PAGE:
Search Images Maps Play YouTube News Gmail Drive More »
Sign in
Screen reader users: click this link for accessible mode. Accessible mode has the same essential features but works better with your reader.

Patents

  1. Advanced Patent Search
Publication numberUS6392555 B1
Publication typeGrant
Application numberUS 09/441,609
Publication dateMay 21, 2002
Filing dateNov 16, 1999
Priority dateNov 17, 1998
Fee statusLapsed
Publication number09441609, 441609, US 6392555 B1, US 6392555B1, US-B1-6392555, US6392555 B1, US6392555B1
InventorsClark Most, Jr.
Original AssigneeClark Most, Jr.
Export CitationBiBTeX, EndNote, RefMan
External Links: USPTO, USPTO Assignment, Espacenet
Medical equipment warning device
US 6392555 B1
Abstract
The medical equipment warning device is employed in combination with a power operated medical treatment machine such as a sleep apnea treatment machine. The warning device includes a DC relay with contacts that are open when the relay is connected to an AC source. A signal generator is connected to a battery by the DC relay when the AC source is interrupted and contacts close the DC circuit. The signal generator produces an audible, visual or physical signal that warns a person that the AC power source has failed. Restoration of the AC power source activates the DC relay and opens the DC circuit thereby deactivating the signal generator.
Images(3)
Previous page
Next page
Claims(8)
I claim:
1. A medical equipment warning device comprising:
an AC energized relay, connectable to an AC power source for a medical treatment device, that is open when said AC power source is energized, that is closed when said AC power source is deenergized and that is automatically reopened upon restoration of said AC power source following an AC power source failure;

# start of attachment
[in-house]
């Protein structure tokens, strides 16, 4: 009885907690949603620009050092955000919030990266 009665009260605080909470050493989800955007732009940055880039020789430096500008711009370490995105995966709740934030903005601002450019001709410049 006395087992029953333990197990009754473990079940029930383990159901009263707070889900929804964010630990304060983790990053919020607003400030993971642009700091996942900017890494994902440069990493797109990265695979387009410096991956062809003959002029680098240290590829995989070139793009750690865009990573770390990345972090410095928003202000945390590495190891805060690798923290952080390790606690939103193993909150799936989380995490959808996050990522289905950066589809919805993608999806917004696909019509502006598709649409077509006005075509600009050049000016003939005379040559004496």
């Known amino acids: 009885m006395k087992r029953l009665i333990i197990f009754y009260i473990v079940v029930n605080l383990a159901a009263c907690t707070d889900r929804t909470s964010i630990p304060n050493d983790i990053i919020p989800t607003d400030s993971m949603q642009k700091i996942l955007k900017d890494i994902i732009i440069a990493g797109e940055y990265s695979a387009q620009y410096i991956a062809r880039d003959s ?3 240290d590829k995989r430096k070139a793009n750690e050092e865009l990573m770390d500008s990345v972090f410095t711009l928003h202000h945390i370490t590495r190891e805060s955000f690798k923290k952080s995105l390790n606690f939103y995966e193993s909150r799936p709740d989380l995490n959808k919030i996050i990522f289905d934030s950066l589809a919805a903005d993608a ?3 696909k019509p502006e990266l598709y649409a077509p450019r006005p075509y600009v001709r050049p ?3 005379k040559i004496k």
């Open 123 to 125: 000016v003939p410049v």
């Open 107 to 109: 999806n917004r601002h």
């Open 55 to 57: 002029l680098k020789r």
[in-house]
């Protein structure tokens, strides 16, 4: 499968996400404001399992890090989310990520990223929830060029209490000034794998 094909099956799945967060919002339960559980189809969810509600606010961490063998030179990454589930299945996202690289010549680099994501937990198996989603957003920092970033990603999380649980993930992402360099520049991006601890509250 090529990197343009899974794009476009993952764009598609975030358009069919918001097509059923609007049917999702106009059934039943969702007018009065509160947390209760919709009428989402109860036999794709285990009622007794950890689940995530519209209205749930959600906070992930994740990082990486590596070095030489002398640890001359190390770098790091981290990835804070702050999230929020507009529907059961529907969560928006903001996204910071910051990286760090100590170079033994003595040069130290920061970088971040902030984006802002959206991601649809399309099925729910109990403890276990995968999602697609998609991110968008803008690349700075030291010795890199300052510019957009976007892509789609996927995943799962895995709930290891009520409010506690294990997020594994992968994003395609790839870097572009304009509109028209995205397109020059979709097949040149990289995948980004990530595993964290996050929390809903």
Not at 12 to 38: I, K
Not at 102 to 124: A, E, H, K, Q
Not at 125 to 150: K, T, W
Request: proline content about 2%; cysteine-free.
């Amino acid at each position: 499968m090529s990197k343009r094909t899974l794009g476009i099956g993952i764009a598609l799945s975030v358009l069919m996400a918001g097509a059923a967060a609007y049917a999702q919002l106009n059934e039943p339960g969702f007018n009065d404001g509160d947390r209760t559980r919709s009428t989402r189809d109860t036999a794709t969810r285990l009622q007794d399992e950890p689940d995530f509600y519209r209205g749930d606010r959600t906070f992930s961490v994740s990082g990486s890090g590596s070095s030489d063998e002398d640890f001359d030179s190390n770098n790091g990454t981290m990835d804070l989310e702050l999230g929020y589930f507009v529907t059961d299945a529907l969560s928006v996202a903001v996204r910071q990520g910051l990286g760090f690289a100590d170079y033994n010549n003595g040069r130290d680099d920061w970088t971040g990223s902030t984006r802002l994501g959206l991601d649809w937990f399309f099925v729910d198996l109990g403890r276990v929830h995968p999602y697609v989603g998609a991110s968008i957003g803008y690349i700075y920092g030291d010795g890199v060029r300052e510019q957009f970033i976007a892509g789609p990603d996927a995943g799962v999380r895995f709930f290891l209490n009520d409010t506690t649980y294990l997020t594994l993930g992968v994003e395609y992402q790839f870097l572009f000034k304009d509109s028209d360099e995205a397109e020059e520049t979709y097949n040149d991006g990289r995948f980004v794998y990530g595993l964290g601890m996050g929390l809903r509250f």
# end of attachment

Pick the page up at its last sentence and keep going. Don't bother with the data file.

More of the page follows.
a DC circuit connected to the relay that is opened and closed by the relay;
a battery connected to the DC circuit;
an electric motor energized by the AC power source;
an air pump driven by the motor to supply air under pressure to a mask of a sleep apnea treatment device; and
a signal generator in the DC circuit in series with the battery that produces a warning when the AC power source fails, the relay closes and the battery simultaneously energizes the signal generator.
2. A medical equipment warning device as set forth in claim 1 wherein the signed generator also produces a visual warning.
3. A medical equipment warning device as set forth in claim 1 wherein the physical warning is a vibration produced by a vibrator.
4. A medical equipment warning device as set forth in claim 1 including a DC motor in the DC circuit connected in parallel with the signal generator and a medical device driven by the DC motor.
5. A medical equipment warning device as set forth in claim 1 wherein the medical device driven by the DC motor is an air pump that supplies air under pressure to a mask of a sleep apnea treatment device.
6. A medical equipment warning device as set forth in claim 4 including an AC to DC converter connected to the DC motor and to the AC circuit for providing power to the DC motor when the AC power source is energized and the relay is open.
7. A medical equipment warning device as set forth in claim 1 including a manually operated switch in the DC circuit that is moved to an open position to deenergize the signal generator after a warning has been received from the signal generator.
8. A medical equipment warning device comprising:
an AC power source for a medical device;
an AC energized relay connected to the AC power source, for a medical device, that is open when the AC power source is energized, that is closed when the AC power source is deenergized and that is automatically reopened upon restoration of the AC power source following an AC power source failure;
a DC circuit connected to the relay;
a signal generator in the DC circuit;
a battery in the DC circuit;
a DC motor of a medical device in the DC circuit;
an AC to DC converter connected to the DC motor and to the AC power source; and
wherein the signal generator is activated simultaneously with the closing of the AC energized relay.
Description

The disclosure incorporates the medical equipment warning device disclosed in provisional patent application No. 60/108,723, filed on Nov. 17, 1998, whose priority is claimed for this application.